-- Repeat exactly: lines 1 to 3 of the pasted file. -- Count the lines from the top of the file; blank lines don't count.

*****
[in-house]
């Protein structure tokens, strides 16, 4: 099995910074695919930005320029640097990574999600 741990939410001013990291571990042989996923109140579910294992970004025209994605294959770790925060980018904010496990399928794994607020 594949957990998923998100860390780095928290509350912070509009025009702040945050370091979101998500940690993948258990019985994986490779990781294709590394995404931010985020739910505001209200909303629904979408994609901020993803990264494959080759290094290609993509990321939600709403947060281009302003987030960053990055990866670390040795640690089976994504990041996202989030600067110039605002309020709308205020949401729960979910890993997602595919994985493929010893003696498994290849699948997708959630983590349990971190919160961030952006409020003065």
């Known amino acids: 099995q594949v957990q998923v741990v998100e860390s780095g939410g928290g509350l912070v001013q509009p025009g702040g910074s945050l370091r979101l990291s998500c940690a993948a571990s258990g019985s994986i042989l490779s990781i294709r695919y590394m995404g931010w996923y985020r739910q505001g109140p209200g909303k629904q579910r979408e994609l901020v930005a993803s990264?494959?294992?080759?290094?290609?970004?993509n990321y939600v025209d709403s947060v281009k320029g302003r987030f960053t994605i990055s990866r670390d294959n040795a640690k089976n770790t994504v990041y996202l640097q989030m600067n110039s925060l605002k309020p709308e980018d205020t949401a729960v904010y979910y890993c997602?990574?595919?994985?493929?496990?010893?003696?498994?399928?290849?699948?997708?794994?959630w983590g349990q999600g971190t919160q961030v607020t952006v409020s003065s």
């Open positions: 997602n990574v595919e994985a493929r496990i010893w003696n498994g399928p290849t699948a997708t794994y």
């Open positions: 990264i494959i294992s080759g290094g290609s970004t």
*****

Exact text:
[in-house]
């Protein structure tokens, strides 16, 4: 099995910074695919930005320029640097990574999600 741990939410001013990291571990042989996923109140579910294992970004025209994605294959770790925060980018904010496990399928794994607020 594949957990998923998100860390780095928290509350912070509009025009702040945050370091979101998500940690993948258990019985994986490779990781294709590394995404931010985020739910505001209200909303629904979408994609901020993803990264494959080759290094290609993509990321939600709403947060281009302003987030960053990055990866670390040795640690089976994504990041996202989030600067110039605002309020709308205020949401729960979910890993997602595919994985493929010893003696498994290849699948997708959630983590349990971190919160961030952006409020003065």
């Known amino acids: 099995q594949v957990q998923v741990v998100e860390s780095g939410g928290g509350l912070v001013q509009p025009g702040g910074s945050l370091r979101l990291s998500c940690a993948a571990s258990g019985s994986i042989l490779s990781i294709r695919y590394m995404g931010w996923y985020r739910q505001g109140p209200g909303k629904q579910r979408e994609l901020v930005a993803s990264?494959?294992?080759?290094?290609?970004?993509n990321y939600v025209d709403s947060v281009k320029g302003r987030f960053t994605i990055s990866r670390d294959n040795a640690k089976n770790t994504v990041y996202l640097q989030m600067n110039s925060l605002k309020p709308e980018d205020t949401a729960v904010y979910y890993c997602?990574?595919?994985?493929?496990?010893?003696?498994?399928?290849?699948?997708?794994?959630w983590g349990q999600g971190t919160q961030v607020t952006v409020s003065s």